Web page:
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HomeNewsMontana NewsYellowstone National Park's North Entrance Reopens to Vehicles

Yellowstone National Park’s North Entrance Reopens to Vehicles

Restored vehicle access makes it easy for visitors to travel into the Park through nearby Montana gateway communities including Gardiner, Red Lodge, Cooke City, Livingston and West Yellowstone.

With great anticipation, Yellowstone National Park has completed temporary road repairs resuming regular vehicle access to the Park through the North entrance in Gardiner, Montana via Old Gardiner Road. Vehicle access to the Northeast entrance at Cooke City resumed in mid-October.

Old Gardiner Road was determined to be the best option to quickly reconnect Mammoth Hot Springs to Gardiner, Montana, after the floods in mid-June. Originally established as an 1880’s stagecoach route, the single-lane dirt road has been expanded to two lanes over its entire 4-mile length, allowing for vehicle access.

“We set incredibly aggressive timelines for these repairs and our contractors worked at lightning speed to get this road safely reopened,” said Superintendent Cam Sholly.

With these routes open, local business leaders in Montana’s gateway communities of Gardiner and Cooke City are encouraging visitors to take advantage of visiting the park through the North and Northeast entrances at a time when smaller crowds are typically in the area—during the fall and winter months.

“There really has never been a better time to experience Yellowstone National Park and Montana’s gateway communities than right now,” said Montana Department of Commerce Director Scott Osterman. “We encourage visitors to book or rebook your Yellowstone trip for an unforgettable vacation and support the local businesses that are the backbone of these communities with decades of experience – ensuring visitors have an extraordinary vacation.”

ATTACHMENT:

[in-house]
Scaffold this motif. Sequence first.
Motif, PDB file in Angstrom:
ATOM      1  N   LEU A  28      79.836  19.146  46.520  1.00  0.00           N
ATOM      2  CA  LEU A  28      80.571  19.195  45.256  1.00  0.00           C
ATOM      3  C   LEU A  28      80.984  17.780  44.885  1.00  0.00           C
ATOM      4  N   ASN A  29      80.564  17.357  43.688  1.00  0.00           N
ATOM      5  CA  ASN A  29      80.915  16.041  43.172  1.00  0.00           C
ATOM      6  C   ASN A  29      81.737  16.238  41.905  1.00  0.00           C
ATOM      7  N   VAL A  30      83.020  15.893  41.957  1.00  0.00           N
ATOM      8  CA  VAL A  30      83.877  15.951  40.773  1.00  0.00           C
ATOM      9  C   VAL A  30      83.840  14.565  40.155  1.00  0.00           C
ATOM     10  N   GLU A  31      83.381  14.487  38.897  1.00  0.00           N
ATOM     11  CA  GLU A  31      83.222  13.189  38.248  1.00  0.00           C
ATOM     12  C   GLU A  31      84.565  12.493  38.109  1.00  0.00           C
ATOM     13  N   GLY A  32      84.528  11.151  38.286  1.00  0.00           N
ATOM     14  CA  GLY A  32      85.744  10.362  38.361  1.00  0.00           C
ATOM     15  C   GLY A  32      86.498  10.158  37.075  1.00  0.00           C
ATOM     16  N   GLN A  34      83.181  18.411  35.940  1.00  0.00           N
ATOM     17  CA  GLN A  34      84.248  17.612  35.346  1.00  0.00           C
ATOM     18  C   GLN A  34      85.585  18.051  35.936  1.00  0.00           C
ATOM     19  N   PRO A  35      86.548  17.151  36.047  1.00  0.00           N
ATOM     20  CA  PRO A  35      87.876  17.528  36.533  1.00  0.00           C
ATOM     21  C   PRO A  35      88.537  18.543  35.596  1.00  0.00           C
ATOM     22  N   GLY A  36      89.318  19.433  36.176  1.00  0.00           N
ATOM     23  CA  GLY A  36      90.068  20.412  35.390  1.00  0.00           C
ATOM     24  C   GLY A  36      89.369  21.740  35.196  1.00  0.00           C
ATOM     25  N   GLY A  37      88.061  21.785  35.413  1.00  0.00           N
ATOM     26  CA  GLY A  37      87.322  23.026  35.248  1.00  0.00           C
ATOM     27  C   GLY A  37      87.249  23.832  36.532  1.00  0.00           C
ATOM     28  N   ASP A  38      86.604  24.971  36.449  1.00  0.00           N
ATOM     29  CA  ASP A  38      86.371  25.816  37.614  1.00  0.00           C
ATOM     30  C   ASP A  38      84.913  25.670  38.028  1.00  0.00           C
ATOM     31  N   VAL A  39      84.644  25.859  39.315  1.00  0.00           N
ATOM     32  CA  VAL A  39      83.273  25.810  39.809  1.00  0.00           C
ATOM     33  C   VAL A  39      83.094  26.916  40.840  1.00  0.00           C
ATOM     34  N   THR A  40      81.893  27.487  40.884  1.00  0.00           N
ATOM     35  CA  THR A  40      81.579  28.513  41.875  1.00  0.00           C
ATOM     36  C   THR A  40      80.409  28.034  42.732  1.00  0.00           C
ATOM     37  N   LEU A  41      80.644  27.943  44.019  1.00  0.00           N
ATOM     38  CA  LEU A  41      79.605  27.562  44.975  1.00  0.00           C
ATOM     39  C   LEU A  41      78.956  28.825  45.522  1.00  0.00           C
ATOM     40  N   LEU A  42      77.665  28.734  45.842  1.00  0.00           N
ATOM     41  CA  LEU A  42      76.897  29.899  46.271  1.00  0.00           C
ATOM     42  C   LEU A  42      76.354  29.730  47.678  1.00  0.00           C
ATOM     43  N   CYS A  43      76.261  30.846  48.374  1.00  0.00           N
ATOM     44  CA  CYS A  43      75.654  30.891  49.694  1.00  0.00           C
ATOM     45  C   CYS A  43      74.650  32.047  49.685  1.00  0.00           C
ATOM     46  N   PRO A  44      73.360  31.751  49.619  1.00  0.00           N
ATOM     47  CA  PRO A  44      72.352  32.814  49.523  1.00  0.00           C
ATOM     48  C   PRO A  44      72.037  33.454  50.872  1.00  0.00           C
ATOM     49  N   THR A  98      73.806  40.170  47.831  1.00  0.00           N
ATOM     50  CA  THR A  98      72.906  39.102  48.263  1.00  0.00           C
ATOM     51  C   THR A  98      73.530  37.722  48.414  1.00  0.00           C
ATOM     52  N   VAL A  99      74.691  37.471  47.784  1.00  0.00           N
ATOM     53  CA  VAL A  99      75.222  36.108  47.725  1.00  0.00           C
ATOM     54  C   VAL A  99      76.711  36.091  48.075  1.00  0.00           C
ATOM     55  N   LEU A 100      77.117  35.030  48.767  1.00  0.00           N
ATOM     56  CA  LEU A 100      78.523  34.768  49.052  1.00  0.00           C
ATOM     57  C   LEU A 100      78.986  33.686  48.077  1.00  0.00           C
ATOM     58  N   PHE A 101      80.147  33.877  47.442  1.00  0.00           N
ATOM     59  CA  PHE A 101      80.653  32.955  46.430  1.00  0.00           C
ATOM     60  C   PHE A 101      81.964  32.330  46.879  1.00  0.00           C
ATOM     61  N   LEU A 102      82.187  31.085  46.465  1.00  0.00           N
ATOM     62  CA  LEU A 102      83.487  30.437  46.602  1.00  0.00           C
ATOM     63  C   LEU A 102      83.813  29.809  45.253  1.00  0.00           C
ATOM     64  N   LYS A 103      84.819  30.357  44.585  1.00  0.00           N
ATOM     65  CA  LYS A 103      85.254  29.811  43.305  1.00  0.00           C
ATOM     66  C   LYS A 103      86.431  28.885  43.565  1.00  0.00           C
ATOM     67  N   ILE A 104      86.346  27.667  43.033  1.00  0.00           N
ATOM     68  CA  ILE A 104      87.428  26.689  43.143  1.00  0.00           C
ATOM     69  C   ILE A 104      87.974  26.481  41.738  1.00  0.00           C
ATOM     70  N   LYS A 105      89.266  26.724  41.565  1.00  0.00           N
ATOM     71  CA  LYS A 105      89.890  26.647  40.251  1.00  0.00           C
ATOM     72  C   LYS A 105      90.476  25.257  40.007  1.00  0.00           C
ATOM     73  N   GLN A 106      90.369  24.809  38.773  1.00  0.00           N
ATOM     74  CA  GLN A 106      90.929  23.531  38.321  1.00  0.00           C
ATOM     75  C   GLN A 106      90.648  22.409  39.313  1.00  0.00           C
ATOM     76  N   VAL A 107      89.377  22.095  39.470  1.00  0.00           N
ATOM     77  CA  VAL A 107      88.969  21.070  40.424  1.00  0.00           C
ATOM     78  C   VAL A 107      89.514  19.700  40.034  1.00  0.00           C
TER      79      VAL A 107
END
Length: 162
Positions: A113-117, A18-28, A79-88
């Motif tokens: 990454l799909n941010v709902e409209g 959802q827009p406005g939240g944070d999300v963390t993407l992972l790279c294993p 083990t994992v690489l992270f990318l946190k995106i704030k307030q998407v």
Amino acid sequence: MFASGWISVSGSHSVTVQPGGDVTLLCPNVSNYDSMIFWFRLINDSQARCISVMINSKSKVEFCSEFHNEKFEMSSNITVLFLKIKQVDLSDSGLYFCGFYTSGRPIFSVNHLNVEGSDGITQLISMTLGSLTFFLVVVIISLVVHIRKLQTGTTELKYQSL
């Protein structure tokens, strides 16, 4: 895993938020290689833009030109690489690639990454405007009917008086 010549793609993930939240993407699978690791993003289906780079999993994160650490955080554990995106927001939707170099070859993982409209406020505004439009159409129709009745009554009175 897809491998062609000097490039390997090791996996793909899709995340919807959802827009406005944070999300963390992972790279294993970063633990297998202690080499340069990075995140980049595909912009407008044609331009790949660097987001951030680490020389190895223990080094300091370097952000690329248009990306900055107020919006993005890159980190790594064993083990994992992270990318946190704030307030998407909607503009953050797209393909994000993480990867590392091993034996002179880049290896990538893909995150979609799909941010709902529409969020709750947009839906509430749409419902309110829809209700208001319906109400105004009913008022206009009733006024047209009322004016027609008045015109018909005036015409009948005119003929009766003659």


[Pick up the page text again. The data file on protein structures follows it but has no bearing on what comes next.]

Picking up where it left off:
While it’s usually best to make lodging reservations well in advance during the peak summer months, this summer’s historic flooding in Yellowstone National Park created new challenges for gateway communities as visitors canceled trips to Yellowstone National Park. Having fewer crowds in the area has enhanced certain experiences for visitors and residents, like wildlife viewing.

“Fall and winter are incredible times to see bison, pronghorn, and even wolves—from a safe distance—in our corner of Paradise Valley,” said Terese Petcoff, executive director of Gardiner CVB/Chamber of Commerce. “With the road from Gardiner into the park now open to vehicles, there are even more ways to see our beautiful region beyond the park’s borders.”

BY: Visit Montana/Montanapressroom.com

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